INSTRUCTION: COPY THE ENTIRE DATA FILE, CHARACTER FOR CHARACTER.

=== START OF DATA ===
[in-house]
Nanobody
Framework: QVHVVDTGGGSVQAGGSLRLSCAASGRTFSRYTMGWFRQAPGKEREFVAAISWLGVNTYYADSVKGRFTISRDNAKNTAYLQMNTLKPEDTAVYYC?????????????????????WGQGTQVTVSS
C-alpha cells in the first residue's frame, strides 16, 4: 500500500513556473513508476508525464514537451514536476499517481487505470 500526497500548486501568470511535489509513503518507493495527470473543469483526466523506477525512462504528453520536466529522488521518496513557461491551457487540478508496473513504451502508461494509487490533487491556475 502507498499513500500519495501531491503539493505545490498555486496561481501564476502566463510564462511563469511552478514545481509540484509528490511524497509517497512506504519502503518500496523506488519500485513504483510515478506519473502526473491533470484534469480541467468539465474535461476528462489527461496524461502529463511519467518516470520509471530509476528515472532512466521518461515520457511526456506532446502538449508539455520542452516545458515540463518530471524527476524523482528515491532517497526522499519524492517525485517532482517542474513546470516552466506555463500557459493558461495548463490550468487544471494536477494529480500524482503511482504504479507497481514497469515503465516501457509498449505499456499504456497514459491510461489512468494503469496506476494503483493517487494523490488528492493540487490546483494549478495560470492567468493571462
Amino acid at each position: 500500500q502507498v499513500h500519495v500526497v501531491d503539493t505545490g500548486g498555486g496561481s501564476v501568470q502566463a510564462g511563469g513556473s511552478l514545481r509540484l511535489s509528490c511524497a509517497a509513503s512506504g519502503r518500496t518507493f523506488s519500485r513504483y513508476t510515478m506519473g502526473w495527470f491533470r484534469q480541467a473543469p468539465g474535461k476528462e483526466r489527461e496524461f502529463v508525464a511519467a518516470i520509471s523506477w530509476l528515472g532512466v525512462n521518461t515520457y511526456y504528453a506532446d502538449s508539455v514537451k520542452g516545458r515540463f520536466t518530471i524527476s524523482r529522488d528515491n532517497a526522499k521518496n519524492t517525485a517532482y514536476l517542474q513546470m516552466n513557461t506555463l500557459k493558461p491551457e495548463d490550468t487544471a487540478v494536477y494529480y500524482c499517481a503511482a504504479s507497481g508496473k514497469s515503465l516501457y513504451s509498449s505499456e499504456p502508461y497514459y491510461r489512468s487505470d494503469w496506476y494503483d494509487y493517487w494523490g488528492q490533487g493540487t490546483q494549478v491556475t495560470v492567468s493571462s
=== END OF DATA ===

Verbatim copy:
[in-house]
Nanobody
Framework: QVHVVDTGGGSVQAGGSLRLSCAASGRTFSRYTMGWFRQAPGKEREFVAAISWLGVNTYYADSVKGRFTISRDNAKNTAYLQMNTLKPEDTAVYYC?????????????????????WGQGTQVTVSS
C-alpha cells in the first residue's frame, strides 16, 4: 500500500513556473513508476508525464514537451514536476499517481487505470 500526497500548486501568470511535489509513503518507493495527470473543469483526466523506477525512462504528453520536466529522488521518496513557461491551457487540478508496473513504451502508461494509487490533487491556475 502507498499513500500519495501531491503539493505545490498555486496561481501564476502566463510564462511563469511552478514545481509540484509528490511524497509517497512506504519502503518500496523506488519500485513504483510515478506519473502526473491533470484534469480541467468539465474535461476528462489527461496524461502529463511519467518516470520509471530509476528515472532512466521518461515520457511526456506532446502538449508539455520542452516545458515540463518530471524527476524523482528515491532517497526522499519524492517525485517532482517542474513546470516552466506555463500557459493558461495548463490550468487544471494536477494529480500524482503511482504504479507497481514497469515503465516501457509498449505499456499504456497514459491510461489512468494503469496506476494503483493517487494523490488528492493540487490546483494549478495560470492567468493571462
Amino acid at each position: 500500500q502507498v499513500h500519495v500526497v501531491d503539493t505545490g500548486g498555486g496561481s501564476v501568470q502566463a510564462g511563469g513556473s511552478l514545481r509540484l511535489s509528490c511524497a509517497a509513503s512506504g519502503r518500496t518507493f523506488s519500485r513504483y513508476t510515478m506519473g502526473w495527470f491533470r484534469q480541467a473543469p468539465g474535461k476528462e483526466r489527461e496524461f502529463v508525464a511519467a518516470i520509471s523506477w530509476l528515472g532512466v525512462n521518461t515520457y511526456y504528453a506532446d502538449s508539455v514537451k520542452g516545458r515540463f520536466t518530471i524527476s524523482r529522488d528515491n532517497a526522499k521518496n519524492t517525485a517532482y514536476l517542474q513546470m516552466n513557461t506555463l500557459k493558461p491551457e495548463d490550468t487544471a487540478v494536477y494529480y500524482c499517481a503511482a504504479s507497481g508496473k514497469s515503465l516501457y513504451s509498449s505499456e499504456p502508461y497514459y491510461r489512468s487505470d494503469w496506476y494503483d494509487y493517487w494523490g488528492q490533487g493540487t490546483q494549478v491556475t495560470v492567468s493571462s